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The gathering in Grand Rapids this week has given Native American/First Nation issues real visibility. It has also sparked some useful and important discussion. The news release by Chris Meehan gives a flavor. While I wrote a lengthy comment, the other comments are also worth attending to, if for no other reason than articulating something of the tensions that arise from a desire to do ministry with Native communities. The core question, as in all mission, is how far one goes in cultural contextualization. Crossing the large cultural gaps naturally raise concerns about "syncretism", that blending of the unredeemed culture and the Gospel. Of course, in the context of Native American issues, it is a concern that flows from a North American/Northern European perspective, an assumption that ours is the normative cultural expression. In any case, allow me to put the doings at the WCRC and of the incorporation of traditional cultural practices as a subject worthy of discussion.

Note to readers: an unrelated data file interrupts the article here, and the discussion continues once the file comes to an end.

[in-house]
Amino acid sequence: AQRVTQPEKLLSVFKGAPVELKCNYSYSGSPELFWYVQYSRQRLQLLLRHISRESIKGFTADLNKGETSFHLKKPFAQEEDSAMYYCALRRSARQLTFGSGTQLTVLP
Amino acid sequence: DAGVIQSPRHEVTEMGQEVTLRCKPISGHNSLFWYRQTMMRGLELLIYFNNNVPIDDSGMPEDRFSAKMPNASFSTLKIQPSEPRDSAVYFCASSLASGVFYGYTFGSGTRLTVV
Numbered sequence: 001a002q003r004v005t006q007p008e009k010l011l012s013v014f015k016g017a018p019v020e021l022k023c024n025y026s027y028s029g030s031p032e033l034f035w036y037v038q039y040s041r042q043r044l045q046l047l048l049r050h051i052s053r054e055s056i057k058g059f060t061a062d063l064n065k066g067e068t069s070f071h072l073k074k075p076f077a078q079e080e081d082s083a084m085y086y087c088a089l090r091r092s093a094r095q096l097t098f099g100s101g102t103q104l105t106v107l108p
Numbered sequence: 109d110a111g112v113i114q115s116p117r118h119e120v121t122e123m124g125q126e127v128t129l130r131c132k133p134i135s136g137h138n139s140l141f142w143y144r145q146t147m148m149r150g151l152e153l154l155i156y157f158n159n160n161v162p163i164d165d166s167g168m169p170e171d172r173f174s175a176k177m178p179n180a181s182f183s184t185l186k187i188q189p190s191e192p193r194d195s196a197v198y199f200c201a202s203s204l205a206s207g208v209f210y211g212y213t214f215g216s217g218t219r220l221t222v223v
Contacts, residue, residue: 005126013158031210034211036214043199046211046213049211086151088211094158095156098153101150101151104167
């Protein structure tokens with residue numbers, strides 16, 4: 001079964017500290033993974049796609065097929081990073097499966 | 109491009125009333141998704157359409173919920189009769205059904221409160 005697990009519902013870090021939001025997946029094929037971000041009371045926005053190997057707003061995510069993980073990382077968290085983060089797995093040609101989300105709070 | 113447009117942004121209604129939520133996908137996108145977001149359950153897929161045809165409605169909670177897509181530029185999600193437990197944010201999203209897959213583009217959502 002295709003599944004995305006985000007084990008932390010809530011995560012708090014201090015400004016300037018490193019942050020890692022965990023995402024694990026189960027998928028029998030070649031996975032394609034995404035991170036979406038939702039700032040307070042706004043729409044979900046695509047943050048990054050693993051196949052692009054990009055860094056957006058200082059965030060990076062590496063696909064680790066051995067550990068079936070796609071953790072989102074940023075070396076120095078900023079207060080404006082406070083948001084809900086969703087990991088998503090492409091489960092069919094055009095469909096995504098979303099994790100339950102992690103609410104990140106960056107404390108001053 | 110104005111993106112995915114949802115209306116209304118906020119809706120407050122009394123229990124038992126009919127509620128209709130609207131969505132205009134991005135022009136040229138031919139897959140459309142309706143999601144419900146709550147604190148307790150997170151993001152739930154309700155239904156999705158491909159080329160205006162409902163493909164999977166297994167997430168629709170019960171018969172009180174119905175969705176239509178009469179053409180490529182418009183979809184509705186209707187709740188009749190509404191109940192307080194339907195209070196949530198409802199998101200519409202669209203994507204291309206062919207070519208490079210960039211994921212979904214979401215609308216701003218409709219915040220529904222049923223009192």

I was just wondering why syncretism is only a North American/Northern European concern. Isn't it a Korean concern, or an African concern? I don't get the sense that Korean missionaries are "unconcerned" about ANY culture assuming a re-interpretive authority over the Gospel.

I believe that Church history teaches us that a Christian Native American culture will not (and should not) look exactly like a Christian Northern European culture - just like a Christian Northern European culture does not mimic a Byzantine, Coptic, or 1st century Jewish convert culture. However, Church history does teach us that if there is problem with a "Christian" culture unable to confess the Apostle's Creed, then there may very well be a problem calling that culture "Christian."

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